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Next Article: Prepare your garden now for the winter so it will be ready in the spring

Extend Vegetable Gardening Season with a Cold Frame


Date Posted: October 26, 2014

Seeds of the Month Club by Mike the Gardener Extend Vegetable Gardening Season with a Cold Frame
photo credit: iStockPhoto

Many of us live in climates where the weather changes from hot to cold in a matter of days. We are the unfortunate many that can not grow peppers and tomatoes year round, but with cold frame gardening we can extend our season through the cold winter months with great tasting lettuce greens, kale, spinach, chard and broccoli to name a few.

A cold frame is a way to protect what you are growing from the harsh cold winds that old man winter blows in. At the same time it allows plenty of sunlight to get in, and if designed correctly will give your plants plenty of air through proper ventilation.

There are a number of websites and gardening centers that sell cold frames. They range from the inexpensive to the “very” expensive. I find, however, the most rewarding cold frame is one that you can build yourself.

Roger Marshall, author of the book How to Build Your Own Greenhouse, agrees.

Roger does his gardening in Rhode Island, and having been in the great Ocean State myself during a winter a few years ago, I know it can get very cold there. In the coldest of winter months of January and February, Roger has grown various greens and broccoli in a cold frame he built himself out of some old storm windows.

Roger does his gardening in Rhode Island, and having been in the great Ocean State myself during a winter a few years ago, I know it can get very cold there. In the coldest of winter months of January and February, Roger has grown various greens and broccoli in a cold frame he built himself out of some old storm windows.

He recommends a number of ways you can build easy to use cold frames, such as using straw and hay bales as well as using a side of a wall of your house. You simply use these items to form a garden bed. Just be sure to cover with some clear plastic to let the light in but keep the cold out yet easy enough to open up for daytime ventilation.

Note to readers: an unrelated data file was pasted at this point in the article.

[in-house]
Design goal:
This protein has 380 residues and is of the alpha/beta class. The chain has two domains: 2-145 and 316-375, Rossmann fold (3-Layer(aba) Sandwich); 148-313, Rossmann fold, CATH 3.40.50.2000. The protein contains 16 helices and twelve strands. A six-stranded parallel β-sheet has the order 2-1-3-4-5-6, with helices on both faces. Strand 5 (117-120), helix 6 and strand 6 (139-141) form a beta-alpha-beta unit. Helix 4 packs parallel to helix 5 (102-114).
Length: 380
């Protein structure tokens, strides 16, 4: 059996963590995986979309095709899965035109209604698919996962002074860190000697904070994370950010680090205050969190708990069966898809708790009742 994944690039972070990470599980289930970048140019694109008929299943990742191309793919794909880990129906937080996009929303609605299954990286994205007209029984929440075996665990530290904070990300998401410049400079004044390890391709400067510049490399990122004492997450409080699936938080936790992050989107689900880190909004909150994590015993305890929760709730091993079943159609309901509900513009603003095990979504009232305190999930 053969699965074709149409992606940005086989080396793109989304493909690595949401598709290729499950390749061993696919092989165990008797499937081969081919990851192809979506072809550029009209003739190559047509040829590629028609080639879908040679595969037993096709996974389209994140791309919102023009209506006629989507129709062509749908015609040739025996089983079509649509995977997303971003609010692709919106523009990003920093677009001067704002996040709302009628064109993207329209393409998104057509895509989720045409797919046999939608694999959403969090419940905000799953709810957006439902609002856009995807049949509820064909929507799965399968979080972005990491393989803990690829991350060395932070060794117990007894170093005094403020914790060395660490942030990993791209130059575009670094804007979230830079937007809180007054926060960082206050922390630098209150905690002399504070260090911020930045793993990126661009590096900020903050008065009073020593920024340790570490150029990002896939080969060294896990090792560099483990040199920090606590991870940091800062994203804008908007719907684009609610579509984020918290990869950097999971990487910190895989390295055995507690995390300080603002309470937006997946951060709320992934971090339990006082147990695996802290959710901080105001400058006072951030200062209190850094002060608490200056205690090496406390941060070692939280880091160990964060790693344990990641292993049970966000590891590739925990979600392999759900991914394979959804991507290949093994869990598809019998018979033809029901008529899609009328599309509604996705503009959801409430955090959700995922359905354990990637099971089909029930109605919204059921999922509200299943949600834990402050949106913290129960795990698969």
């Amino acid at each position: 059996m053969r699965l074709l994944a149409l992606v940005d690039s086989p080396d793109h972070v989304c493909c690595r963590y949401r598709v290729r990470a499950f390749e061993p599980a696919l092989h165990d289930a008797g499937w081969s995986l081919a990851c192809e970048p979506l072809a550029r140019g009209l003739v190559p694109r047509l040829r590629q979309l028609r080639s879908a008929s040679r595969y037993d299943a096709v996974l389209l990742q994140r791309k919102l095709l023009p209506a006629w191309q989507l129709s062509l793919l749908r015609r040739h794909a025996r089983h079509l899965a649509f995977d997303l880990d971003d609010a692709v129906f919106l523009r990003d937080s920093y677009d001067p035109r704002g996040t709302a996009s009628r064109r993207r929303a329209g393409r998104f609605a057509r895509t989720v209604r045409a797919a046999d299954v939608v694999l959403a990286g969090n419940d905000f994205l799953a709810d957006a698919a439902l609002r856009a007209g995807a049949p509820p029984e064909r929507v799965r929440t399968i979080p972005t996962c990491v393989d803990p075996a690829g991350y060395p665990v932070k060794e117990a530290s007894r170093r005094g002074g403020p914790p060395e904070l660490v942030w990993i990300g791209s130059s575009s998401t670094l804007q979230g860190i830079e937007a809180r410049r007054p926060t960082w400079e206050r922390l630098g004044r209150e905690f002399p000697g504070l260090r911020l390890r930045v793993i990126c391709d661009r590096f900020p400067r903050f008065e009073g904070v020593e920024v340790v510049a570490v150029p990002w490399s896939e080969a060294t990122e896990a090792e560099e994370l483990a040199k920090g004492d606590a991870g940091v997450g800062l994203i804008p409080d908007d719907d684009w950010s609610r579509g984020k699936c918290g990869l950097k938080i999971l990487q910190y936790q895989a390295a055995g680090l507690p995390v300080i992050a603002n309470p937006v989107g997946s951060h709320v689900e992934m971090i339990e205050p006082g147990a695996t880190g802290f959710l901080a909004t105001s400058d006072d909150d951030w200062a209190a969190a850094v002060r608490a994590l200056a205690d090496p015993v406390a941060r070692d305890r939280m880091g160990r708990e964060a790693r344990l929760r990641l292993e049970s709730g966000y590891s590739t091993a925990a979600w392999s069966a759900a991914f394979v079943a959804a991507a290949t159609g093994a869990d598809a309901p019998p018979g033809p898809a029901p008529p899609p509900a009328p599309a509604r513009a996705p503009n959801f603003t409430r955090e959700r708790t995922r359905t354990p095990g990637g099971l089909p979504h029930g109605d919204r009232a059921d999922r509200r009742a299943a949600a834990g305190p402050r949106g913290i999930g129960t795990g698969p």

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What about watering methods and other tips to make cold frame gardening a success? According to Jana Vanderhaar of Verdant Connections Landscape Architecture, “Water your veggies by hand, and don’t forget to open the cold frame during the day for ventilation and close again in the evening.” He continues on, “We grow many lettuce varieties, kale, chard, arugula, bok choi, tat soi, parsley, green onions, cilantro, and mache. The greens taste best once a frost has passed, because the nutrient density is increased. Yum!”

If you were thinking about hanging up your gardening gloves for the winter, think again. Cold frame gardening is a great way to keep going. Use some of these tips above to create your own cold frame and have a winter garden for yourself.


Please share this article! Let`s get everyone gardening!


Mike the gardener

About the Author

Mike Podlesny is the author of the book Vegetable Gardening for the Average Person as well as the creator of the Seeds of the Month Club where members receive non gmo, heirloom variety seeds every month. You can listen to Mike each week on the Vegetable Gardening Podcast where he interviews gardening industry experts. Don`t forget to link up with Mike on Twitter, Instagram, Pinterest and Facebook.


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If you want to learn more about cold frames, check out these titles below:


KEYWORDS:

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